Climbing higher I join the Bryce Point Trail, where I am now roughly 270° around my full rotation of the canyon. Again I am offered up new vantage points and angles of the stone pylons. Bryce Point offers up the most uninterrupted view across the canyon and is at a similar level and geographical location to the popular Inspiration Point- a vantage point high on the canyon lip. From here you can see the bend in the valley as the hoodos each try to claim their stake, fighting each other for foot-holdings along the cliff gradient. It’s not too dissimilar to the way plants compete against each other for light, with the tallest, most nimble plants those that succeed. Yet, there is no intent or need for this competition as they are not living organisms- instead the Hoodos have been morphed from stages of thawing and cracking from ice and water, creating the speckled, needle surface.
Finally, I join the Rim trail, which completes my full rotation and scouring of every trail along the canyon. The Rim trail climbs back towards the lip of the canyon and leads me to the infamous ‘Hammer of Thor’- a lone Hoodo with an incredible, illogical and unbalanced rock formation with the heaviest rock forming a solid hammer head and the thinnest, weakest section providing the shaft. It stands as an iconic member of the Bryce family, but in truth the whole canyon is just as mesmerizing and makes just as little sense as this lone landmark.
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After 8 hours of hiking I head back down the switchbacks into the canyon to ‘Wall Street’- the second aptly name Wall Street I have visited in the last 2 days (previous Wall street in the Narrows, Zion). Again, it forms the base where two canyon heads come face to face, almost meeting, but just about being kept narrowly apart.
I stoop into the valley just as the sun is fading- so an ideal time for me to capture this landmark. Unfortunately however, the canyon is technically still under Winter Conditions. Falling rocks and rock movement is common within winter periods as the ice and thaw erodes at the stone, ergo there is a barrier in place preventing me from standing within the street itself. I can however take some photos from a distance and observe the narrow slots and natural arch formations in the neighbouring areas.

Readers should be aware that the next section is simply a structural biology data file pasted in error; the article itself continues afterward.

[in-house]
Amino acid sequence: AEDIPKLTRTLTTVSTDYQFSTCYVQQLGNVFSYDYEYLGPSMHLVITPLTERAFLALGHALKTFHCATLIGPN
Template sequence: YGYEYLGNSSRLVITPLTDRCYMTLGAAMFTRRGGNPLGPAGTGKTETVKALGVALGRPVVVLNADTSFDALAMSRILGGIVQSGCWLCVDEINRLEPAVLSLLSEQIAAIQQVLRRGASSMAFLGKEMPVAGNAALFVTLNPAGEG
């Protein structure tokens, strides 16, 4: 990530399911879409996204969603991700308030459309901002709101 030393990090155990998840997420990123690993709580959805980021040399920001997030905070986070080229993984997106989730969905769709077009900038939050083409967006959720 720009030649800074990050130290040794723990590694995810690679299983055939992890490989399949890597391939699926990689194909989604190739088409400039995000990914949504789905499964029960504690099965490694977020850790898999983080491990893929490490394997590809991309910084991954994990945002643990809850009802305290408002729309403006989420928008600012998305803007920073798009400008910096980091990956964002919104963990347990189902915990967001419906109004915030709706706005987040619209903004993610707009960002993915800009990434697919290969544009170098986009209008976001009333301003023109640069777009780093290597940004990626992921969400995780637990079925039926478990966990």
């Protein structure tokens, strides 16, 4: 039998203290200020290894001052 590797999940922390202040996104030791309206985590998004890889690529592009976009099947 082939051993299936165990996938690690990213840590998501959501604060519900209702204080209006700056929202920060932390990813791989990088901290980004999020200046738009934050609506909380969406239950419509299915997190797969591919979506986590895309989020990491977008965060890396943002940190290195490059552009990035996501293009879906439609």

With my intensive exploration of the canyon satisfied I head back up and out of the canyon which by now had an effect on my labouring legs.
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I complete my full and intensive day’s work from high above the canyon, sat back, beer in hand at Sunset Point.
The lookout provides the perfect platform to appreciate the canyon light up for the brief moments as the sun lowers, before finally fading into an eerie darkness as the sun’s light moves Westward.
Bryce is a phenomenal and surprisingly quiet, off-beat canyon- at least compared to the tourist hubs of Yosemite and Zion. It feels as though this is a more personal gem to America that hasn’t been totally endorsed by the generic tourist. Again, its a far-reach from anything else I have visited and reveals yet another interesting complex and variety of the nature of rock.